Best Spots To Catch Fish From A Jetty (And Where NOT To Fish)

By: Joe Simonds on October 1, 2019
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jetty fishing

It’s jetty fishing time!

Plus, fellow Insider Rich Natoli is back by popular demand (see his “How To Fish Bridges” video here).

One of the most popular questions we get asked is, how can I catch fish from shore?

Jetties are excellent options if you’re asking that same question, and in this video, we’ll show you the best spots to catch fish from a jetty no matter where you live, or which jetty you’re fishing.

Here’s the problem: just because there’s a jetty sticking out in the water, doesn’t mean that fish are evenly spread out around it, waiting for you to throw your lure at them.

Based on the tide, structure and shape of the jetty, and the land surrounding it, certain areas around the jetty will hold more fish than others.

Want to learn how to identify those spots?

Watch the video below.

How To Fish A Jetty [VIDEO]

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Conclusion

how to catch fish from a jetty

If you want to catch more fish from shore, jetties are excellent options.

There’s structure, current, and bait, which attract the predator fish you’re targeting.

And a huge thank you to Insider member, Rich Natoli for making this video for us.

If you have any questions about jetty fishing, ask us down in the comments section!

And if you want to join Rich and +8,000 other inshore anglers in the Insider Club, where you’ll get access to the best fishing spots and tips, click here!

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Here’s what you’ll receive today:

  • Weekly fishing reports and TRENDS revealing where the inshore fish are feeding all year long
  • Weekly “spot dissection” videos that walk you through all the best spots in certain areas
  • Exclusive fishing tips from the PROS you can’t find anywhere else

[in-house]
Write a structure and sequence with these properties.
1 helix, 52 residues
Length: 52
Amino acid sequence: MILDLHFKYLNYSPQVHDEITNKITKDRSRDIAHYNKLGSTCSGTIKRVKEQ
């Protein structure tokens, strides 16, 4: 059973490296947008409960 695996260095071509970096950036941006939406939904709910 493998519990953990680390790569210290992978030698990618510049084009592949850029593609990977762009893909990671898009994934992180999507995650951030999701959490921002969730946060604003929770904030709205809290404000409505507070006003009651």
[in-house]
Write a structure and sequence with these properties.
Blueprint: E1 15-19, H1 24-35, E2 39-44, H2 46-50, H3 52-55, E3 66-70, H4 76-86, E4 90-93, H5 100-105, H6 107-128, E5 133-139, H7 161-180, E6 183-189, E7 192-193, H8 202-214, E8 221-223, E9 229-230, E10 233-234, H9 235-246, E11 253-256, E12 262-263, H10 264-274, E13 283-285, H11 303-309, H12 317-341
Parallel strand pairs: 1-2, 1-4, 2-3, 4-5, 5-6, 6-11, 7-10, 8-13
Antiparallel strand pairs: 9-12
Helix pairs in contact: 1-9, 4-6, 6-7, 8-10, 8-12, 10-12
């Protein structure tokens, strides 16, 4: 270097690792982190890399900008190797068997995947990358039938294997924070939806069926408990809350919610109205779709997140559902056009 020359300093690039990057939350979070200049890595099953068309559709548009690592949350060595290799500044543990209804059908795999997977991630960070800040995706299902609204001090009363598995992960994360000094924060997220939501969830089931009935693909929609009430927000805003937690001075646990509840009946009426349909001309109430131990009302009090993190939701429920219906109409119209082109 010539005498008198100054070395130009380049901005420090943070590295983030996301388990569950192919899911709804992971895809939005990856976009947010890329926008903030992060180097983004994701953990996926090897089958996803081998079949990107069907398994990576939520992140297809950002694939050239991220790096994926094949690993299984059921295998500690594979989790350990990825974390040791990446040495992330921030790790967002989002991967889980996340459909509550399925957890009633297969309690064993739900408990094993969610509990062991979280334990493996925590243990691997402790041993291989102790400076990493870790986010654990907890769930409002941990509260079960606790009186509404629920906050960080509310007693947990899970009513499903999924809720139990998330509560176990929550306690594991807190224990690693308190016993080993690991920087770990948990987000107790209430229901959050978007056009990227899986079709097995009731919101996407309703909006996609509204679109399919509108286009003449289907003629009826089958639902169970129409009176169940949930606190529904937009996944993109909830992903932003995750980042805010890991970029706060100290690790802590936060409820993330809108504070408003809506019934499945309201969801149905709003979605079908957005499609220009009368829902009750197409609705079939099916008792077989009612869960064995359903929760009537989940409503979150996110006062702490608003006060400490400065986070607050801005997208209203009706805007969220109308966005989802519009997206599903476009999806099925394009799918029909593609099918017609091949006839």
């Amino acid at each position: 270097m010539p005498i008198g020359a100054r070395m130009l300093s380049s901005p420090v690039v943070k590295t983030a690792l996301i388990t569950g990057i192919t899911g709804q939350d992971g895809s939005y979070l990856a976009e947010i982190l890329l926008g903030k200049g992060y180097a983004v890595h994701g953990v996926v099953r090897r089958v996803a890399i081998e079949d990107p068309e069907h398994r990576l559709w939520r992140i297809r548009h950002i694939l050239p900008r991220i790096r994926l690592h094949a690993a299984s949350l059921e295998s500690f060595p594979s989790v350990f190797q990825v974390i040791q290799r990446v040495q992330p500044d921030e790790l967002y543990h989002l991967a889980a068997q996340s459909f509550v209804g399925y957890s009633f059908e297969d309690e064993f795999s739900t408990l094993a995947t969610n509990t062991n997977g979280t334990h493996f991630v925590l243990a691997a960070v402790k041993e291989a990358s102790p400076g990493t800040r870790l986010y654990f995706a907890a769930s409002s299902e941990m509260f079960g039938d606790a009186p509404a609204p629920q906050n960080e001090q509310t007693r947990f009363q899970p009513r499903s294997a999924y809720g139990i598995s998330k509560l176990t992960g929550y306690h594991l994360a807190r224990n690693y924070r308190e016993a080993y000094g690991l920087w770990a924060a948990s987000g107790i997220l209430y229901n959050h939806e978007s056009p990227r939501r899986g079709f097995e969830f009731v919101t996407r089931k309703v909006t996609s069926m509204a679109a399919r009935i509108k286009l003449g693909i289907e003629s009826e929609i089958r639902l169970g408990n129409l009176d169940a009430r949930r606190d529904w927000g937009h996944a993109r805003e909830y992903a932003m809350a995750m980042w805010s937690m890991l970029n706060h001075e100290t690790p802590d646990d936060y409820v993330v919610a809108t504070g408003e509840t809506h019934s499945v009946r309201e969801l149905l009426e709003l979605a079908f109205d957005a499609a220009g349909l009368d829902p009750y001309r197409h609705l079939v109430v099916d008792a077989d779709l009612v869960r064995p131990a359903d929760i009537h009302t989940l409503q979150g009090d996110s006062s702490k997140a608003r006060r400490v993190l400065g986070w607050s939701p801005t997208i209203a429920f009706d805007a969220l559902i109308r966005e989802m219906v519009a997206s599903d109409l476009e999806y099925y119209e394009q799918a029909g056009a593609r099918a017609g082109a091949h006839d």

• Everything you need to start catching fish more consistently (regardless if you fish out of a boat, kayak, or land).

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Scott RispaudAnonymousFerguson FergusonRichard NatoliSteven Carter Recent comment authors
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Anonymous
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Anonymous

Interesting video. I have fished the Jupiter inlet the same way for Snook. What I find interesting is the movement of the fish during that tidal flow. For instance, they seem to move inside to another ambush point at the end of the inside rocks while still incoming water. On the outgoing tide they can often be found three hours into the tide on the north side Jetty instead of the south side. In the same inlet, nobody will be catching and all of a sudden, they turn on for 30 minutes straight with nonstop action and as quickly as it started…it ends.

Scott Rispaud
Member

I failed to sign in, sorry. Didn’t mean to post anonymously

Ferguson Ferguson
Member

Thank you. I’m fishing a jetty tomorrow and this helps a lot!

Steven Carter
Member

Well done. Thanks for the advice and video!

Richard Natoli
Member

I hope it helps you break down structure in your area.

George Murphy
Member

Useful concepts, thanks Rich

Richard Natoli
Member

I hope it helps!

Jonathan Getz
Member

Interesting video, thanks for sharing Rich. I often fish the jetties here on the Texas upper coast and always looking to be more consistent. I knew that the beach side of jetty on an incoming tide and vice versa, but never fully understood why. I just wanted to clarify, does the tide move due north/south or parallel to the coastline? I originally thought the tide came more directly at the shore, so thanks for educating me there.

Richard Natoli
Member

I’ll be honest, I’m not exactly sure how the tidal flow will change in the Gulf (and I scoured a ton of websites last night). The currents will generally move in the fashion I described (north to south, south to north) however the land does act as structure that it must curve around. In your location it is possible you get more of a “straight in” flow due to the fact that you are essentially facing south when facing the Gulf. I’m just not sure how the flows will work in that area. It doesn’t change the general flow across the globe will be from equator toward pole on incoming and opposite on outgoing though. (note southern hemisphere is reversed due to this fact.) I’m intrigued now and will continue to research this question.

Thom
Guest
Thom

Nice report Rich. Very well done 👍

Richard Natoli
Member

Thanks Thom. Hopefully some people find value in it!